What's in a name.....


E.B.Wilson was associated with the Railway Foundry of Leeds. This had been established in 1838 by John Shepherd and Charles Todd, the latter moving on in 1844 when he was replaced by Edward B. Wilson, son of a well-known Hull shipping family. Wilson left abruptly after only a year and the firm was taken over by James Fenton Jnr. It traded as Fenton, Craven & Co. but only briefly, for Wilson returned as owner of the company at the end of 1846 with Fenton as his works manager and David Joy as leading draughtsman, the firm now trading as E. B. Wilson & Co.


Wilson was adept at 'inter-personal communication' and was able to obtain several profitable contracts, in particular with the newly formed Great Northern Railway. The Midland Railway and the LBSCR were also good customers at this time. Several factors helped Wilson: firstly, he had built a brand-new erecting shop and installed the latest machinery and methods — the building was opened with a banquet for 200 guests in December 1847. Secondly, new designs were developed, in particular the 'Jenny Lind' type 2-2-2, which were successful in service and resulted in repeat orders from existing customers and the interest of new buyers.

It occurred to Wilson that many of the differences required by customers were idiosyncratic and both costly to undertake and pointless in practice. He thus began a policy of supplying only standard types where he could and charging a considerable premium per engine for deviations. This also led to a policy of building locomotives for stock to smooth out the peaks and troughs of the business.


Trouble with leading shareholders caused Edward Wilson to leave the Railway Foundry in 1856 and Alexander Campbell (later a founder of Manning, Wardle & Co.) was appointed manager but the bitter feuding between the leading shareholders continued and the result was high court action and the winding up of the company in 1858, even though that year's production created a clear profit of £12,000. Some of the Wilson designs continued to be built by the newcomer Manning, Wardle & Co. in the neighbouring Boyne Engine Works but many Wilson locomotives had extremely long lives which confirms the rightness of much of the work, and its quality, at the original Railway Foundry.


Manning Wardle.....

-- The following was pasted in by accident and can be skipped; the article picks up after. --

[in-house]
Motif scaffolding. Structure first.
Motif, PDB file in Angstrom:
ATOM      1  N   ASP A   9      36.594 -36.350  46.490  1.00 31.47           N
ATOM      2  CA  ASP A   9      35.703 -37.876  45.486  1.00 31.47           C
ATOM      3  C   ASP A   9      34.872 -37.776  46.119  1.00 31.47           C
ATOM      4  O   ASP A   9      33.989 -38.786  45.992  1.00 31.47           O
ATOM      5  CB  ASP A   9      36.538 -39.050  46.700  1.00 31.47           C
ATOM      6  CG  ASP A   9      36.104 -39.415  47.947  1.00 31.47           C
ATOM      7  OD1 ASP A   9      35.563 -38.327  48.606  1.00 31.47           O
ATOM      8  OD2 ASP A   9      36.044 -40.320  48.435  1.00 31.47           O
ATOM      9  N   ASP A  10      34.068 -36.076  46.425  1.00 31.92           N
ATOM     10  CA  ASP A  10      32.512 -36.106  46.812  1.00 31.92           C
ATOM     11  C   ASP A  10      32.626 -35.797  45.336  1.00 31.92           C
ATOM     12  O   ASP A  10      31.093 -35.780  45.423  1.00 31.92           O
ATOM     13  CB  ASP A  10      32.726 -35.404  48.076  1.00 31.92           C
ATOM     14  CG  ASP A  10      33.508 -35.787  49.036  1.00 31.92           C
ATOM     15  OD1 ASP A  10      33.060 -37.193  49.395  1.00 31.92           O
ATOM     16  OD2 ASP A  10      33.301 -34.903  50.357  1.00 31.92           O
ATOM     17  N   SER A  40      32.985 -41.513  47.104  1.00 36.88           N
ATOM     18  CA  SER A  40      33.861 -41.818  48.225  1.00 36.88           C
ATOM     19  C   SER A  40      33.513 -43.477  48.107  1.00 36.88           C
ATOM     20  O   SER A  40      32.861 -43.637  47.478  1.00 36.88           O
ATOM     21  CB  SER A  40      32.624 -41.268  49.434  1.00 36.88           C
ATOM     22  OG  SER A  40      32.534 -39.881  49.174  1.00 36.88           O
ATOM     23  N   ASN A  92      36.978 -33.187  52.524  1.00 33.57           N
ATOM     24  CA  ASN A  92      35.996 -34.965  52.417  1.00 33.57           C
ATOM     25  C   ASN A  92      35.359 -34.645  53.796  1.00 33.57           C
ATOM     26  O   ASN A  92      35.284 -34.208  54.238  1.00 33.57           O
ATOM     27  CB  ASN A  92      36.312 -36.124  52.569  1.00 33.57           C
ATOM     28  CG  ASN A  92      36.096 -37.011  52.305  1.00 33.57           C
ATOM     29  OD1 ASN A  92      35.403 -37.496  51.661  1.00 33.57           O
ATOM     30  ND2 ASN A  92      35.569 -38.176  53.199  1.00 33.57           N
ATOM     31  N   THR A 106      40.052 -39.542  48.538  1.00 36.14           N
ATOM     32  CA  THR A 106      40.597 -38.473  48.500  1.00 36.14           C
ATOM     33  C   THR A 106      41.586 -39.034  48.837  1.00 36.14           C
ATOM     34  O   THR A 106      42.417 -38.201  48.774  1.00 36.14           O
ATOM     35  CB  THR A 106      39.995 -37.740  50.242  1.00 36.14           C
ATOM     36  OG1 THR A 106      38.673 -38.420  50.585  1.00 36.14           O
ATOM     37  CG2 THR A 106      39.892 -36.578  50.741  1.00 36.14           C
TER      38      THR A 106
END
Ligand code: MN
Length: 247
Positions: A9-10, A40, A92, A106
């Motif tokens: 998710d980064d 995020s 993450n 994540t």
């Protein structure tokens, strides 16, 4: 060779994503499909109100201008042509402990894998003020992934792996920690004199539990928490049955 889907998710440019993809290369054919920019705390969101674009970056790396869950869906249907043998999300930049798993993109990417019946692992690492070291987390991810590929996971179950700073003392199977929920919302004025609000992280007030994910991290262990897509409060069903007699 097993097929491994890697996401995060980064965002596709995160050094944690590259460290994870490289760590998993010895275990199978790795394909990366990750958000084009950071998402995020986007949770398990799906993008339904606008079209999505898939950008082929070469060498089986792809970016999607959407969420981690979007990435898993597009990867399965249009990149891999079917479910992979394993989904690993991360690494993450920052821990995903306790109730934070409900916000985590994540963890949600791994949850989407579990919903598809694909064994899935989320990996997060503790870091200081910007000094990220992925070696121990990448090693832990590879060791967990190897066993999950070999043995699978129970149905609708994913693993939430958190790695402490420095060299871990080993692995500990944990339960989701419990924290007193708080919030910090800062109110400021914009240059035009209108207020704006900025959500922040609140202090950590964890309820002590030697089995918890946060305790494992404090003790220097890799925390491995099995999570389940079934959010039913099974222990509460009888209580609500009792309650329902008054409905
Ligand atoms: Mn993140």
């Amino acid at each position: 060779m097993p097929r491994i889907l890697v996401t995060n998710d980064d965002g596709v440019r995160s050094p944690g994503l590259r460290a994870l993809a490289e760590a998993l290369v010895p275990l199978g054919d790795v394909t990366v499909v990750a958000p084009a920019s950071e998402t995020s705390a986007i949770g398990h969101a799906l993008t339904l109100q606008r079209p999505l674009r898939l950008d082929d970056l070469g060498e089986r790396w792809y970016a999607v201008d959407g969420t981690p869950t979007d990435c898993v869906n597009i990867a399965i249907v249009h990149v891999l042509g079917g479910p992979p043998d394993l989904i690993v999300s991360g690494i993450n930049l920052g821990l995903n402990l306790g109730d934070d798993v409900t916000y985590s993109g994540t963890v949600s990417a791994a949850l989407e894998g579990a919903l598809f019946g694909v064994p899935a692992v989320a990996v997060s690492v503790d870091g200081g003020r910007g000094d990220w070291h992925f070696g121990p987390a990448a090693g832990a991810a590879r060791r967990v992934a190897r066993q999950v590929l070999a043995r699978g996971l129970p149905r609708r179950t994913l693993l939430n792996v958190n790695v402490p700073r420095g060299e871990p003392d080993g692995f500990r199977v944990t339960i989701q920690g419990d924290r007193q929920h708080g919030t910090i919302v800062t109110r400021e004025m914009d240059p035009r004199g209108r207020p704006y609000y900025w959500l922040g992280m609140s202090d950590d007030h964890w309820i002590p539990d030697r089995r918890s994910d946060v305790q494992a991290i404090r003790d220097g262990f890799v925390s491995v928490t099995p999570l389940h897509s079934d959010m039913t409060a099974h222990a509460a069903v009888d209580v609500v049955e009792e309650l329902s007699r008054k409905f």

Manning Wardle & Co was established at the Boyne Engine Works, Leeds in 1858 by Alexander Campbell and C.W. Wardle. Alexander Campbell had been Works Manager of the locomotive building department of Scott Sinclair & Co of Greenock and had come south in 1856 to manage the affairs of E.B. Wilson & Co at the Railway Foundry on the death of Mr Wilson, and when the firm closed down he set about establishing his own works with the financial assistance of Wardle — a local vicar. More capital being required, John Manning became a partner. Drawings and patterns from E.B. Wilson & Co. were obtained and the earlier locomotives of Manning Wardle & Co. bore the characteristics of Wilson's designs.

Manning Wardle & Co. concentrated on building contractors and industrial tank locomotives and built up an excellent reputation in this field. In proportion very few tender locomotives were built after the 1870s.

Their first locomotive was a small 3 ft gauge 0-4-0ST for Dunston & Barlow Ltd., Sheepbridge followed by two 5' 6" gauge 2-4-0WTs for the Royal Portuguese Railway, all in 1859 and in the same year two 0-6-0Ts were built and two outside cylinder 0-4-0s for the Earl of Dudley. In 1860 they built their only examples of 2-2-2 passenger locomotives: four for the New South Wales Government Railway; and two 4-4-0s were built for the same railway in 1862.


Many contractors both in the UK and abroad were furnished with 0-4-0STs and 0-6-0STs: these types dominated during the firm's existence: the former with outside cylinders and the latter with inside cylinders. Standard classes were established for both main types. These locomotives had straight-sided saddle tanks and were equipped with a water feed pump and one injector. A high crown round top firebox was generally used in which the steam collector was fitted. The safety valve cover was usually elongated to clear the cab of steam. Wooden brake blocks were fitted The wheels had crank pin bosses cast on opposite sides, the unused one acting as a crude balance weight. In the case of the six-coupled tanks compensating beams linked the leading and driving springs with the intention of making the locomotives ride better over uneven tracks. This was an advantage at low speed but at higher speeds the locomotives were very unstable with yawing and pitching. The compensating beams were omitted later.